Black History Month – Natalie Cole at Robinson Center

natalie-coleOn April 3, 2005, Natalie Cole performed at Robinson Center with the Arkansas Symphony Orchestra.  She also performed a retro-duet with her late-father, Nat King Cole.  As noted previously on this blog, he had graced the Robinson stage himself in the 1940s and 1950s.  Helaine Freeman from the Arkansas Democrat-Gazette noted that “Cole took her listeners through music genres that included a bit of jazz, a dash of blues and a fistful of R&B/pop.”

Cole was born in 1950 the daughter of the crooner and of singer Maria Hawkins Cole.  At age 6 she sang on her father’s Christmas album and started performing publicly at age 11.  After attending private schools, she attended both the University of Massachusetts and University of Southern California.  After college, she was signed with Capitol Records, her father’s label.  Her first album was released in 1975, which garnered her a Grammy Award for Female R&B Vocal Performance.

Throughout the 1970s, she had a series of successful albums. She became the first female singer to have two platinum albums in one year.  In the 1980s, her recording career slowed down, but by the late part of the decade, she had a resurgence.

In 1991, she recorded the album Unforgettable…with Love in which she sang songs her father had made famous.  The best known track was the title song, “Unforgettable” in which she dueted with him.  It won Album of the Year, Record of the Year, and Traditional Pop Vocal Performance of the Year at the Grammy Awards.

In the 2000s, she continued to sing and record switching between R&B and jazz genres.  She also started performing with symphony orchestras.

She cancelled several concerts in December 2015 and died on December 31, 2015.

Robinson Redux – April

RCMH AprilWhile Robinson Center Music Hall is closed for renovations, the Culture Vulture is taking a monthly look at past performances. Today’s entry looks at Aprils from 1940 to 2010 in years that end in a “0” or “5.”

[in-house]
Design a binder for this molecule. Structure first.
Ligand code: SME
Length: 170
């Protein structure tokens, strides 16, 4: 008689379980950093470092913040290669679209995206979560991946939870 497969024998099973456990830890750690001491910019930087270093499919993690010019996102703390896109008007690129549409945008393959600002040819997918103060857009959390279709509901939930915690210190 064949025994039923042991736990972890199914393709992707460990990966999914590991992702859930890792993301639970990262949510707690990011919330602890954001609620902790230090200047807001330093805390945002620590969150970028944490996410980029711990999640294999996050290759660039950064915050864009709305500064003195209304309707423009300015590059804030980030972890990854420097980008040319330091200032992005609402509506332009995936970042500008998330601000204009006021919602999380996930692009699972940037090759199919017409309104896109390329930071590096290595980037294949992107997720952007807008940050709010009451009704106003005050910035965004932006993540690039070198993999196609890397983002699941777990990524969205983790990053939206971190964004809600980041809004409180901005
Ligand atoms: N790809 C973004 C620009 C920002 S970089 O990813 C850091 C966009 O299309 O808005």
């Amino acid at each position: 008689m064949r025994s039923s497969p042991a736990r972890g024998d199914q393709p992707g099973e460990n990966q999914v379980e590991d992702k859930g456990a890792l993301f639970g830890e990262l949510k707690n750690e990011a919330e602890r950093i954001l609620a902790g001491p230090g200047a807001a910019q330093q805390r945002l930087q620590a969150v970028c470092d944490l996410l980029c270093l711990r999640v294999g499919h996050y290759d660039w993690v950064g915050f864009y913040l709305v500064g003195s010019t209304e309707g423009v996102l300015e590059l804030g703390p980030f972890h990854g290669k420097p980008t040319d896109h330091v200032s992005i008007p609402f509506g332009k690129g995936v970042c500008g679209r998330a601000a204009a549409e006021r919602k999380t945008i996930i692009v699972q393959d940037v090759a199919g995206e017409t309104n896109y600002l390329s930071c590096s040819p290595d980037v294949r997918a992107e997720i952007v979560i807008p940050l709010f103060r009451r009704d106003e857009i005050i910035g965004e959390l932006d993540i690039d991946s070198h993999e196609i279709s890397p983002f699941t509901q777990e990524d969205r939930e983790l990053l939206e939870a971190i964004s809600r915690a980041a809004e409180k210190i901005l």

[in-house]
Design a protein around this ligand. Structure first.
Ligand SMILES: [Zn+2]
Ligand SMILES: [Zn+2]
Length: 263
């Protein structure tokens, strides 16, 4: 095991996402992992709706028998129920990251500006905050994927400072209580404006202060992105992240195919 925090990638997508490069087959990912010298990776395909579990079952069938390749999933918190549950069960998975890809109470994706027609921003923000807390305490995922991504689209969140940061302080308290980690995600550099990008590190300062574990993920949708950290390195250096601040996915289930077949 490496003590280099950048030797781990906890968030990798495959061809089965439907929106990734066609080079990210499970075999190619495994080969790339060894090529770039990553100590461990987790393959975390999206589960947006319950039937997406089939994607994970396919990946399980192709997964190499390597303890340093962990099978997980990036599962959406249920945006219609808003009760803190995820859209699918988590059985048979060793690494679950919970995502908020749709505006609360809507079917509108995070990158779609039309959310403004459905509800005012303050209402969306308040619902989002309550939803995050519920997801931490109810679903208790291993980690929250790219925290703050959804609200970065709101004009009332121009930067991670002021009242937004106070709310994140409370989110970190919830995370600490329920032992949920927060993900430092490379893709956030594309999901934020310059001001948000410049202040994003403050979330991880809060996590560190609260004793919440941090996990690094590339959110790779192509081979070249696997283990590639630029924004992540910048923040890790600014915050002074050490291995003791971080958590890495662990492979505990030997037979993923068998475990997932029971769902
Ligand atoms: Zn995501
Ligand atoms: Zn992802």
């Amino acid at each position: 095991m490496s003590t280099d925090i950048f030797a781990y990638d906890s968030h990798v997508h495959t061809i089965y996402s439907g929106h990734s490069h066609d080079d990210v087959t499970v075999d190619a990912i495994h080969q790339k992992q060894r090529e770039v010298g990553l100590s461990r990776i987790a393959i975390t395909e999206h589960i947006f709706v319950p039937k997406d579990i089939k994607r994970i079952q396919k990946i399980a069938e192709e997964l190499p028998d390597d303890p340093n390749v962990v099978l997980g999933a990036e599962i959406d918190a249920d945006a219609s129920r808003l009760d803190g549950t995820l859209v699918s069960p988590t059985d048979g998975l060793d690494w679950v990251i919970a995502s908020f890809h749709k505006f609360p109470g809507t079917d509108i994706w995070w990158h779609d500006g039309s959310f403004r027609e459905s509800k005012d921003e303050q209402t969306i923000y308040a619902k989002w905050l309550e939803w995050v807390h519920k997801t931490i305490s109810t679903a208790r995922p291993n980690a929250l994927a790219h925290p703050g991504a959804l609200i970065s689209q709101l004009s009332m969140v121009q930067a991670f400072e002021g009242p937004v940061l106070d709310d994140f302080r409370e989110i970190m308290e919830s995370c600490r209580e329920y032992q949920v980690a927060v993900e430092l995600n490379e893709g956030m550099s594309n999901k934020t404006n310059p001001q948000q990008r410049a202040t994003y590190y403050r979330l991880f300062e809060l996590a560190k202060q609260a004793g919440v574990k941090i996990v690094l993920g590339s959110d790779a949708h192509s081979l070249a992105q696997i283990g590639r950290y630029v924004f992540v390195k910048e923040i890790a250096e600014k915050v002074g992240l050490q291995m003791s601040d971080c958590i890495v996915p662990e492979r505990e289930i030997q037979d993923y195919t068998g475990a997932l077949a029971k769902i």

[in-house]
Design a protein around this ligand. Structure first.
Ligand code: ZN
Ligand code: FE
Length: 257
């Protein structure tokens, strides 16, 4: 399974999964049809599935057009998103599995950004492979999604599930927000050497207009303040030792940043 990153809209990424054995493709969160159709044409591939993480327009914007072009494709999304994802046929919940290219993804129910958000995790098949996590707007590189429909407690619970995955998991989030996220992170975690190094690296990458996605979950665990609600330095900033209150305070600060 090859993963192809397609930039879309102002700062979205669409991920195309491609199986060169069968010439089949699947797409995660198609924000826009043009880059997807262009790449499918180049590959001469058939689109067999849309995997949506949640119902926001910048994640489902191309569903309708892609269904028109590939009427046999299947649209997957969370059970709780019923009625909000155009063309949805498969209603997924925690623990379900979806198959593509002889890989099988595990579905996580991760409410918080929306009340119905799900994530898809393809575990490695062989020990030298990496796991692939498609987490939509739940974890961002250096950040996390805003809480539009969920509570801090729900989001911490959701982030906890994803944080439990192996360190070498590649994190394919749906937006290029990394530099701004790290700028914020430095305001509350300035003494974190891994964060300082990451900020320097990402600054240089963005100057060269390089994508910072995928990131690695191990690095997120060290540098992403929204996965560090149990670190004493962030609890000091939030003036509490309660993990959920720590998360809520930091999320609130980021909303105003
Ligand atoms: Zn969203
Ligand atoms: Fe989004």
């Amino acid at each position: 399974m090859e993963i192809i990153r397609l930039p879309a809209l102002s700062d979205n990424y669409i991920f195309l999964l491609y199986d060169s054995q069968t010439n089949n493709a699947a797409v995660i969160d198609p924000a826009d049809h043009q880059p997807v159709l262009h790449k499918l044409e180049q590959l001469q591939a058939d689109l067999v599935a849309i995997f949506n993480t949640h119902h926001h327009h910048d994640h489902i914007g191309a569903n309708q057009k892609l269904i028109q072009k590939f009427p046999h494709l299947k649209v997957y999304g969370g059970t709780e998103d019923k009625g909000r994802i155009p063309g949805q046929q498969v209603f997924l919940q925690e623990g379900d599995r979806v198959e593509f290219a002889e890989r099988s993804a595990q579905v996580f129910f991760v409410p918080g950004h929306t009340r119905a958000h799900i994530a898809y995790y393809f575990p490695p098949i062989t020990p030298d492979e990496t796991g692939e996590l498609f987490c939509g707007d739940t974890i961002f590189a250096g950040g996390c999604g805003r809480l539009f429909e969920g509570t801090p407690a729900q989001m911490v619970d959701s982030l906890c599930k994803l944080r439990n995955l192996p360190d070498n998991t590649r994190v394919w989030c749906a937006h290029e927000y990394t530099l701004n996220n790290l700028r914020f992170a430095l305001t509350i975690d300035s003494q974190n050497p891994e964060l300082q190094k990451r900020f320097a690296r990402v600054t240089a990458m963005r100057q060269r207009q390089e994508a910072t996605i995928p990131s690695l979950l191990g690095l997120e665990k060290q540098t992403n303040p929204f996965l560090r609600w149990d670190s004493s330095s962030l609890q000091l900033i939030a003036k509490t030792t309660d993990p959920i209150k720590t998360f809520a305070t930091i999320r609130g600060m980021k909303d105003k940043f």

Edward Everett Horton kicked off April 1940 at Robinson Auditorium on the 1st with the comedy Springtime for Henry. The performance was marred by the sound of the new building’s air conditioning system, which was being used for the first time during a performance.  Five years later, on April 1, 1945, the auditorium was home to An Evening of Sigmund Romberg which featured the composer in person with performers singing some of his songs.  April 1945 also saw a performance of Earl Carroll Vanities (the 3rd) and Carmen featuring the Metropolitan Opera singers (the 16th.)

Tenor James Melton performed on April 25, 1950.  In April 1955, the lineup included William Bendix in The Caine Mutiny Court-Martial on the 23rd. The next night the Spring Music Festival took place. It featured school children performing.

On April 25 1960, The Coasters, Bo Diddley, LaVerne Baker and others. The month ended with a youth concert aimed at children. April 1970 included a production of Arthur Miller’s The Price (the 6th), the Southwest Regional Ballet Festival (April 11) and drummer Buddy Rich (April 18).  In April 1975 (the 6th) Hair returned to Robinson for one performance. This time there was no controversy such as had met the first visit a few years earlier.

April 1985 was very busy. On the 13th, there was a Ballet Festival Gala. April 20 & 21 featured an Arkansas Symphony Orchestra classical concert.  A touring production of the musical Gigi performed on the 22nd.  It starred Louis Jourdan (who had appeared in the Oscar winning film, albeit in a different part), Betsey Palmer and Taina Elg. The ASO was back on April 28 with a children’s music concert.

Cathy Rigby flew into Robinson Center with a tour of Peter Pan from April 10 to 12.  On April 4, 1995, the Community Concert Association brought the Russian Seasons Dance Company for a performance.  The Arkansas Symphony Orchestra performed Verdi’s Requiem Mass in Memory of Manzoni on April 8 & 9, 1995. Singer Millie Jackson wrote and appeared in the play Young Man, Older Woman, which played on April 30 of that year.

Several Contemporary Christian music acts performed on April 3. The Arkansas Symphony Orchestra closed their 1999-2000 season on April 8 & 9 with a concert featuring Carolyn Brown on flute. On April 27, 2000, President Clinton headlined a memorial service for civil rights activist Daisy Bates.

April 2005 was full of a variety of performances. Natalie Cole was in concert on April 3 with the Arkansas Symphony Orchestra.  On William Shatner narrated David Itkin’s Exodus with the Arkansas Symphony Orchestra on April 9 & 10, 2005. Arkansan Kyle Dean Massey starred in the tour of 42nd Street which started its performances at Robinson Center on April 18, 2005. In conjunction with an exhibit at the Old State House Museum, a gospel concert featuring the Racy Brothers and the Hunter Brothers closed out April 2005 on the 30th.

David Itkin bid farewell to conducting the Arkansas Symphony Orchestra in April 10 & 11, 2010, with a performance of Mahler’s Resurrection Symphony.  On April 15, the Electrify Your Strings! concert took place. Comedian Gabriel Iglasias and his Fluffy Shop Tour stopped at Robinson on April 24.